Over the past fifteen years or so, a new type of labor force has exploded onto the scene. Traditional blue-collar unions--Teamsters, UAW, etc.--have made room for handmade, three-piece suit, designer unions. These guilds look out for the welfare and happiness of the truly oppressed: the affluent, multi-millionaire basketball and baseball players; the Armani-clad doctors and lawyers; and of course, Tom Cruise and Julia Roberts.
So exploited and subjugated are La-la-land's thespians that the members of the Screen Actors Guild and the American Federation of Television & Radio Artists, their clenched fists resting dramatically on overwrought brows, are threatening to strike.
Actually, much like the rest of the beastly work schedule in Hollywood, negotiations are resuming today following the third hiatus--read: vacation break--of the short talks, with just 17 days left before the current actors' contract expires. Yet optimism remains high in Tinseltown, based largely on the Writers' deal that recently passed approval by the WGA's membership, not that any news has been forthcoming from either side.
The snail's pace of the negotiations hasn't worried Jack Kyser, senior economist of the Los Angeles Economic Development Corp.
"Once the writers settled, the possibility of a SAG/AFTRA strike became a non-issue for many people outside the industry," Kyser told Variety.
The Los Angeles mayor's office, however, remains concerned, and is actively tracking the negotiations. Mayor Riordan, despite his term ending the same day the actors' contract expires, has reportedly made numerous calls to negotiators, to keep abreast of developments.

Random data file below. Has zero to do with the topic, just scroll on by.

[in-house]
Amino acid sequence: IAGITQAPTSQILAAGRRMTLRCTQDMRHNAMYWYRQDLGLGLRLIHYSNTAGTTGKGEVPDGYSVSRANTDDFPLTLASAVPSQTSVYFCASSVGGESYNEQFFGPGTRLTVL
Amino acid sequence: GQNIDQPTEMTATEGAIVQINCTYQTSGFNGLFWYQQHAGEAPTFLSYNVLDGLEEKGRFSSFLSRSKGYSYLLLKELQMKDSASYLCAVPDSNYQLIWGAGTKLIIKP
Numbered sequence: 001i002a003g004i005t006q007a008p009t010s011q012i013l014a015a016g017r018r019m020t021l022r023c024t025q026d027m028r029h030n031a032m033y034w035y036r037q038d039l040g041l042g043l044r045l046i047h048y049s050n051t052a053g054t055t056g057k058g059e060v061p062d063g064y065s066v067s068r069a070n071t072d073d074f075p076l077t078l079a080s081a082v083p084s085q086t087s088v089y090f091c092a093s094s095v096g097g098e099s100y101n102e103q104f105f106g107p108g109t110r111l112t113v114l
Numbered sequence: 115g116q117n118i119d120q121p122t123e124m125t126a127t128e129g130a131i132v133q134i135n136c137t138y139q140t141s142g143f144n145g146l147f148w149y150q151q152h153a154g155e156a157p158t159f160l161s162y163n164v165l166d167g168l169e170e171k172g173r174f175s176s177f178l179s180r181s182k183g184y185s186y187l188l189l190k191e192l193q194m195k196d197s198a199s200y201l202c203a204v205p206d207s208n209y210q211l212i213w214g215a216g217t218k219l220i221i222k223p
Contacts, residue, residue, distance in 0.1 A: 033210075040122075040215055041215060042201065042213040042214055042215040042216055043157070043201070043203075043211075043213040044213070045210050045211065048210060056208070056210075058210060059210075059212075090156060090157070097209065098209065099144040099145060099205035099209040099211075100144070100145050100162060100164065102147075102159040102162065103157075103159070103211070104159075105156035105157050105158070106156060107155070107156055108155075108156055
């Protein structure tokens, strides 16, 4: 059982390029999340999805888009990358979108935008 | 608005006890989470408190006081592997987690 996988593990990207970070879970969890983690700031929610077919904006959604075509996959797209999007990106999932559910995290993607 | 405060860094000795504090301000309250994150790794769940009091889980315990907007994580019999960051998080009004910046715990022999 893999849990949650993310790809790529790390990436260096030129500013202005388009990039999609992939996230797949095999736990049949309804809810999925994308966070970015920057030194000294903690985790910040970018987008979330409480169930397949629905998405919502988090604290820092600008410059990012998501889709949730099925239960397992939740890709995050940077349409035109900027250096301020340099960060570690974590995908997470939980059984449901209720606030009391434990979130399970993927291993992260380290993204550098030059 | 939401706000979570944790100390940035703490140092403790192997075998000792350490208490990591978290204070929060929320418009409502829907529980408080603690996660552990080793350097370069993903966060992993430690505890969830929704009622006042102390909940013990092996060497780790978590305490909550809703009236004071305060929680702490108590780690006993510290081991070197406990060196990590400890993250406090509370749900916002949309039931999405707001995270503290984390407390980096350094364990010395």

Riordan has been low key thus far in his stance with the ongoing actors' discussions, but was very proactive during the writers' talks, often upstaging the negotiations by holding press conferences urging a compromise by both sides to get a deal done.
But while Riordan has been kept in the know by Hollywood honchos, the actors and studios have said nary a word to the public, abiding by a mutually agreed upon, self-imposed code of silence.
In fact, SAG has now said that they will not reveal the terms of the deal--if and when a deal is finalized--to the public. They will probably divulge key factors, including the total magnitude of the deal, but have no intention of revealing the total value of the updated contract, reports Variety.
"I have not heard of any plans to disclose the total contract value when negotiations conclude. We haven't done that in the past," SAG spokesman Greg Krizman told the venerated Hollywood paper.
SAG/AFTRA's initial proposal included a 5% increase for minimum rates, and the cognoscenti assume SAG/AFTRA is haggling for an extra $100 million or so.
SAG's silence over the total amount shouldn't be surprising, even given the WGA's complete disclosure over its deal. Neither the Directors Guild of America nor the International Alliance of Theatrical Stage Employees make public the total cost of their contracts.
SAG was also remarkably tight-lipped on its deal with advertisers last fall that followed a six-month strike. Those talks were marked by bitter and acrimonious accusations on both sides. A total cost was never revealed, and SAG only offered numbers on certain cable payments and Internet jurisdiction.